The reduced eicosanoid production caused by stress hormones is a subject that takes a more detailed explanation to fully understand. According to Dr. Barry Sears, eicosanoids are the hormones that are key to anti-aging. In his book entitled "The Anti-Aging Zone," Dr. Sears identifies 8 subgroups of eicosanoids, which contain over 100 eicosanoid messengers. He explains eicosanoid messengers as the molecular mediators of a stress response for a cell. Whether it is a response to cancer inflammation, infection or platelet aggregation, the eicosanoids need to be present to facilitate the healing response. A balance of hormones in our system may be more important than the quantity of hormones. A balance of "good to bad" eicosanoids is important to the health of a cell, just like insulin needs to be in balance with glucogon an dcholesterol needs a high to low-density balance. An imbalance of eicosanoids has been associated with heart disease, hypertension, adult diabetes, inflammation, cancer, depression and autoimmune diseases. Corticosteroids (stress hormones) block eicosanoids ability to prevent aging and DHEA contra-acts this by inhibiting the biological action of corticosteroids. Both an improved eicosanoid balance and sufficient DHEA are said to increase energy, reduce the risk of heart disease, creat fat loss and improve memory, mood, cognition and immune system function.

DHEA - Sex Hormones and Drawbacks

DHEA Supplementation in Men
The fact that DHEA is a precursor to sex hormones is also a subject for discussion. Primarily, DHEA is a precursor to androstenediol, testosterone and a small amount of estrogen. In fact, DHEAs main pathway but is as a precursor in the androgen - males hormonal pathway. Androgens are important to the growth and repair of muscle tissue. Body builders report increased strength when supplementing androgens and some experience increased sex drive and overall well-being. DHEA in high doses, however, can induce excess androgens that may cause acne, scalp hair loss, excessive facial hair, abdominal fat, aggressiveness, irritability, increase in heart disease and insulin resistance. Additionally, an increased DHEA level can increase the hormone testosterone, which in men may stimulate prostate cancer. How a person is effected by hormonal supplementation depends on their biochemical individuality and hormonal make-up.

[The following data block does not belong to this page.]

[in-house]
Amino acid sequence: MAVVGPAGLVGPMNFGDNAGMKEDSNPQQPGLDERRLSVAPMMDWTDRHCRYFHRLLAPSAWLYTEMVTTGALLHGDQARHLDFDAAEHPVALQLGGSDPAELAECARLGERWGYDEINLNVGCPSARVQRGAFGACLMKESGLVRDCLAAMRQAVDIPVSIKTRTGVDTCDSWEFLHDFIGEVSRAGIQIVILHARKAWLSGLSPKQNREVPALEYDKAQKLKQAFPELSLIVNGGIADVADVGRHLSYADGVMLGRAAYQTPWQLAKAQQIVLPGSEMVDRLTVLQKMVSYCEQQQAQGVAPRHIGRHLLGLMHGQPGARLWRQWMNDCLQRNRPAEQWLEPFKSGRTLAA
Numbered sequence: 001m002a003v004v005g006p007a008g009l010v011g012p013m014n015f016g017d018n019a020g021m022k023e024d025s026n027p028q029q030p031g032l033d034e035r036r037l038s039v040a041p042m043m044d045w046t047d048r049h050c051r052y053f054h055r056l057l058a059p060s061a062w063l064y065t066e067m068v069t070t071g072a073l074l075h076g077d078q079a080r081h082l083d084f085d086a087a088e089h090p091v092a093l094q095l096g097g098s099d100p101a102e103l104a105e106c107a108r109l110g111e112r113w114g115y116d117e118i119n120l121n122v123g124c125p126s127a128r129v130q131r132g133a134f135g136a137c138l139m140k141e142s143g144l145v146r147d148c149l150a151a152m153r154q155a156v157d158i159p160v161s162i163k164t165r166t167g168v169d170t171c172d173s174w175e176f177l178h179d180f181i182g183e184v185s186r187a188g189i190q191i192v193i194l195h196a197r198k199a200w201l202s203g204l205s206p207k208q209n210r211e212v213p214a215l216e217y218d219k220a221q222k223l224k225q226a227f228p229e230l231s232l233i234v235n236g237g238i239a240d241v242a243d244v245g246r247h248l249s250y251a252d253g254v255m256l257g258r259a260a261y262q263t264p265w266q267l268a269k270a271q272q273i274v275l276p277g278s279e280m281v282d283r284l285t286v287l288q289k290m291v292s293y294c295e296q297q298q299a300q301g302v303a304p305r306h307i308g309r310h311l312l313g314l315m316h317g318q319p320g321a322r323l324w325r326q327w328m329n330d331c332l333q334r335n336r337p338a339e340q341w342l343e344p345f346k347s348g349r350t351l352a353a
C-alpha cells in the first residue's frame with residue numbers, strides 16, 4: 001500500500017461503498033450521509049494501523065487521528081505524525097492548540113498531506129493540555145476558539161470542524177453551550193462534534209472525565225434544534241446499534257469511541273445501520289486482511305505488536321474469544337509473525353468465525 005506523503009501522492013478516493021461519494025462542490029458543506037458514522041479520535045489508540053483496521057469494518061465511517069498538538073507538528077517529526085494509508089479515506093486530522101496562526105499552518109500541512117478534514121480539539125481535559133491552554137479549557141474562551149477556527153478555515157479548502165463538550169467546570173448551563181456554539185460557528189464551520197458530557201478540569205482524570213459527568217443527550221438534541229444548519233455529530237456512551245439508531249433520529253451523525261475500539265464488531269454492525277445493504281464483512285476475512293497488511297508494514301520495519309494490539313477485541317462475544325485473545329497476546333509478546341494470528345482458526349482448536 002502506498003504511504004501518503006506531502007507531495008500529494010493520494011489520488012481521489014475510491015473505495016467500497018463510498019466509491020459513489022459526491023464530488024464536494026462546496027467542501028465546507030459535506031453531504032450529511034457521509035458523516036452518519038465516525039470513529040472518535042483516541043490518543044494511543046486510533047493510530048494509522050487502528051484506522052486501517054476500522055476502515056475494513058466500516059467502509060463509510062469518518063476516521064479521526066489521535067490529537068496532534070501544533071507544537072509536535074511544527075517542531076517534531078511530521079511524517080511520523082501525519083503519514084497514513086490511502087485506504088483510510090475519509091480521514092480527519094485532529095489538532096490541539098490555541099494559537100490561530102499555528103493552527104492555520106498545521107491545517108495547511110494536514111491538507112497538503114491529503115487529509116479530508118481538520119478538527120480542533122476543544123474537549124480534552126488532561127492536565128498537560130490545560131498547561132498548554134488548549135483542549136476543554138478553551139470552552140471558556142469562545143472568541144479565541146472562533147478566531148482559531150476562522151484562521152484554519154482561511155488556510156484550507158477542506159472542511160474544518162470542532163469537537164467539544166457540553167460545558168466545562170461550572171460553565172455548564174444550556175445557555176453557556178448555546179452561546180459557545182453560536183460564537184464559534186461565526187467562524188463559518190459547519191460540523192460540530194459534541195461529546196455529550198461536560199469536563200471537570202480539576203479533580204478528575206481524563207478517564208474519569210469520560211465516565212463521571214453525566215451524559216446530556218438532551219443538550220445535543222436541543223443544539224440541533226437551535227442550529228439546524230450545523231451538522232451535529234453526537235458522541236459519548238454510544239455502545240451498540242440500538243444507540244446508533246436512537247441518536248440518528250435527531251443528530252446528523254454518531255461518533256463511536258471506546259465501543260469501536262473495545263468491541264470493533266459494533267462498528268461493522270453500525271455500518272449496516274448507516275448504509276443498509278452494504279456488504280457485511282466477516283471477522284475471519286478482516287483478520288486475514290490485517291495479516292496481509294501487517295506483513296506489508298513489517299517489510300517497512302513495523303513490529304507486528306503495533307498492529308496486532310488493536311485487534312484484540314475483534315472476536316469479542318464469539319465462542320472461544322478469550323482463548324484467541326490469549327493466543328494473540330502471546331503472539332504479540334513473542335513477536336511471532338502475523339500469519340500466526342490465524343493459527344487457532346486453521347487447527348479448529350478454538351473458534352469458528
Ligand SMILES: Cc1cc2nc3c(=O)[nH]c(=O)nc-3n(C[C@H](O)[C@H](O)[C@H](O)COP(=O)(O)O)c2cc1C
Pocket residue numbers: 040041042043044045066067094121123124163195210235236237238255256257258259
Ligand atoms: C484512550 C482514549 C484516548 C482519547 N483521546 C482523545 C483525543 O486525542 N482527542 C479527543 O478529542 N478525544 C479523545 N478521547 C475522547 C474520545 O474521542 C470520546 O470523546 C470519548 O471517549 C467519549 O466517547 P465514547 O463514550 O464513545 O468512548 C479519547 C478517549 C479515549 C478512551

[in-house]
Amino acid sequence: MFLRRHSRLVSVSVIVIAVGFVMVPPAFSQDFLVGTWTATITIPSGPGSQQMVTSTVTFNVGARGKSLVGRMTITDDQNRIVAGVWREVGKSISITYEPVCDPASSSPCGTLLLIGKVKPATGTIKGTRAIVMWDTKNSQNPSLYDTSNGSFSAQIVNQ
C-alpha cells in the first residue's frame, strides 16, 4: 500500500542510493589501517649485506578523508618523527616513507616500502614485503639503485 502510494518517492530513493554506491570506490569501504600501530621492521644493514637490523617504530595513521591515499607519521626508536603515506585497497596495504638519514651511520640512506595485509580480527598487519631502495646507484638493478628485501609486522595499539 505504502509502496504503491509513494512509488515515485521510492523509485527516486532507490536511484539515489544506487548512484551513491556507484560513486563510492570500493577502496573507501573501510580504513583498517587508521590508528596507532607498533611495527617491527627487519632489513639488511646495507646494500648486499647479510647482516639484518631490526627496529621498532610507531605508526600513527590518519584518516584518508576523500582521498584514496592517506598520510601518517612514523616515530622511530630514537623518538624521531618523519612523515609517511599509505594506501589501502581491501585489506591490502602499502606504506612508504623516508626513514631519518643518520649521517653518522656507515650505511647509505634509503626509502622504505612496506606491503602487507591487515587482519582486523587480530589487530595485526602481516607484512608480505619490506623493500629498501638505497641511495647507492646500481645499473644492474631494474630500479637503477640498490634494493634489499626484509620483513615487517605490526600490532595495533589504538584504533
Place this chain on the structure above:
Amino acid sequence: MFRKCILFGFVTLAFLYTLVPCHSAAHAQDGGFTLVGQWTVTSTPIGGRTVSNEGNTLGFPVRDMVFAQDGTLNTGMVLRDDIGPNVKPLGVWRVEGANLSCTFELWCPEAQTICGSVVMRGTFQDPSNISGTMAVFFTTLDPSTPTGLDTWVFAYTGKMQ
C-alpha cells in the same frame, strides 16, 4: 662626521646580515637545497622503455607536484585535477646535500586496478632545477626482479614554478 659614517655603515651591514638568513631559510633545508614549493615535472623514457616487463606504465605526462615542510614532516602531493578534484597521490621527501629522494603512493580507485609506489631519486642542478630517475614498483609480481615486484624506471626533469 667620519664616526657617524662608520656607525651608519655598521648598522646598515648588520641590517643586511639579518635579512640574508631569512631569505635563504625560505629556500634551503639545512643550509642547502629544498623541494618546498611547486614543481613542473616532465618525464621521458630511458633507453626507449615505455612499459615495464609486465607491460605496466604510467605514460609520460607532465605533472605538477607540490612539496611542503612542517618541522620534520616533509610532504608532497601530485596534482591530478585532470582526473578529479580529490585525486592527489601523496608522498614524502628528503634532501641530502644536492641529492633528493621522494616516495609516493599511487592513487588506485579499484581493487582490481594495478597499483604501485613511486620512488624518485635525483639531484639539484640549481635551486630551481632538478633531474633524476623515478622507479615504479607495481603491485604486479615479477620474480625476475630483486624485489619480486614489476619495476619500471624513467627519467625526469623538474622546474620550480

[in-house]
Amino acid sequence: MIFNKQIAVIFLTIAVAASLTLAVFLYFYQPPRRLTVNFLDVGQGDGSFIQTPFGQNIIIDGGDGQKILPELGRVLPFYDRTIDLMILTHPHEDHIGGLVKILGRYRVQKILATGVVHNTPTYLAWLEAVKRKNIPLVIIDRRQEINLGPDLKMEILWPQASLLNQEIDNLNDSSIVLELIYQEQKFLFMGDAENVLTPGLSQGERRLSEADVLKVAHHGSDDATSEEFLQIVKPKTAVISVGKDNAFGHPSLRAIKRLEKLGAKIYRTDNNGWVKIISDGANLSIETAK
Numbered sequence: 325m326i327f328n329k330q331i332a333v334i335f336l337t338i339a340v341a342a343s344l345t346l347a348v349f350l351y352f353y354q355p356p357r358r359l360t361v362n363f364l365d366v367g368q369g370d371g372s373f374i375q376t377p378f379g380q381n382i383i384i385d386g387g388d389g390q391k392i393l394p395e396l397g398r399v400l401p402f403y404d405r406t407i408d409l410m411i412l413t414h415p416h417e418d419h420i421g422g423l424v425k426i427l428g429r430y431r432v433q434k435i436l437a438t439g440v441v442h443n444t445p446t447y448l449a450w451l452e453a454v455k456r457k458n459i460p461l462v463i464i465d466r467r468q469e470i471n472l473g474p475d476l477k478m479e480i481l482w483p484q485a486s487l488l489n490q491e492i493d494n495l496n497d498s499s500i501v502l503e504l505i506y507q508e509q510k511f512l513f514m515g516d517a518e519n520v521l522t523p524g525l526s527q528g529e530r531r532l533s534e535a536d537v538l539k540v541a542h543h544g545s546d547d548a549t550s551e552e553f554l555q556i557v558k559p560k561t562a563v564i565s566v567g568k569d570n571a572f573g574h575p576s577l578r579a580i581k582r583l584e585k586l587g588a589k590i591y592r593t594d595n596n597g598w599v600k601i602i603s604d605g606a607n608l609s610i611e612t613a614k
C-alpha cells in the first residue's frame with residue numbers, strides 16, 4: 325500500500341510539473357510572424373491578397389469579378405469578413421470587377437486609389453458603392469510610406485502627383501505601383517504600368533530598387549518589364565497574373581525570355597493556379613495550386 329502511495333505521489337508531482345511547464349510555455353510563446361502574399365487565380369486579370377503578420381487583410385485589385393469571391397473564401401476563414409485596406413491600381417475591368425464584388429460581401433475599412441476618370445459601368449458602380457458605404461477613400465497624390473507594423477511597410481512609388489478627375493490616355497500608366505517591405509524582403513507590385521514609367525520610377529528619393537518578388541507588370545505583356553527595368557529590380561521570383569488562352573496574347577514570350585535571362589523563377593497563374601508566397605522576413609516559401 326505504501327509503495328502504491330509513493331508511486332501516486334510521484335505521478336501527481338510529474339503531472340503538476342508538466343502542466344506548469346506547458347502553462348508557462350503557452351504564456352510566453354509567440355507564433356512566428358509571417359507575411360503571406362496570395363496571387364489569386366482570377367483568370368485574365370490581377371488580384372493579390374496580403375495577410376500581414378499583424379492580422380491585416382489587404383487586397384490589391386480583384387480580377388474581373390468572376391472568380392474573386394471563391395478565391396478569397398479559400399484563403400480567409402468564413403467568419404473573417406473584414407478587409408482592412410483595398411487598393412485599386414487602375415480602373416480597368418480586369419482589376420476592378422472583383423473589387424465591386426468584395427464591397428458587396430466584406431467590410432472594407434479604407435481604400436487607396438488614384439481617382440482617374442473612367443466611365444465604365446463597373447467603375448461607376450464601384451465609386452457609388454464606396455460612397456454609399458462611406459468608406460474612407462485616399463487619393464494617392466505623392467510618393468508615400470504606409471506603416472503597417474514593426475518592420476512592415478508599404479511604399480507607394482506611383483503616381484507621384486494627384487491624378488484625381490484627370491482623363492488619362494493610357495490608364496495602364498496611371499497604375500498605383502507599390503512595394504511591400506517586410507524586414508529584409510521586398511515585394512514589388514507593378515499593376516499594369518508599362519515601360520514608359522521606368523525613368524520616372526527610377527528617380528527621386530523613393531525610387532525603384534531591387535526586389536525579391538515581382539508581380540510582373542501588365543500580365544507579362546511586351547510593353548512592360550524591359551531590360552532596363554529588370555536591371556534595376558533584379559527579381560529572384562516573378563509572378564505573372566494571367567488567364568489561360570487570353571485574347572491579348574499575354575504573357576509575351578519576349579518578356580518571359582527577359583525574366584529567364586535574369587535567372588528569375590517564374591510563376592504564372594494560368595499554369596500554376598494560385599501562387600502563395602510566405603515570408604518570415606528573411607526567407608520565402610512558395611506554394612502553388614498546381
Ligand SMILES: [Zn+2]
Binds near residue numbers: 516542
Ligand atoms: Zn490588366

DHEA Supplementation in Women
For the female, DHEA, like estrogen, has been shown to decrease bone loss but has not been proven to promote the build up of new bone. Although the DHEA pathway is more active in men than women for sex hormone production, at menopause the adrenal DHEA pathway becomes more active in women. DHEA is rarely a precursor to estrogen in women, so if a women supplements with DHEA, it is the male hormones that are more likely to increase and this can cause some unpleasant side effects. For menopausal women, a supplement of natural progesterone would be more effective than DHEA to reduce the effects of male hormones, estrogen dominance and bone loss.


So should we recommend DHEA to our clients, and if so, how much would be safe? First before administering DHEA, have a DHEA-sulfate and testosterone blood test to check the levels. These test will check the levels of DHEA and testosterone circulating in the blood and can be compared with age related "normal" ranges determined by medical data. If a man has a prostate problem or has high levels of testosterone already, DHEA supplementation would be prohibitive. If a man shows low levels of DHEA-sulfate for his age or if they are older and have minimal amounts present and feel a lack of vitality, DHEA could be of help to his overall well-being.

I do not think DHEA is the hormone of choice for women, but rather a natural source of progesterone could be considered, expecially during and after menopause. Progesterone serum and estrogen levels can and should be checked as women are reaching menopause and be monitored thereafter.

If someone wants to take DHEA, it can be started in small doses of 5 to 10 mgs a day, but blood levels should be checked every few months to monitor progress. The important thing is to make sure your client is educated to the benefits and as importantly, potential risks of DHEA supplementation before they decide to try it.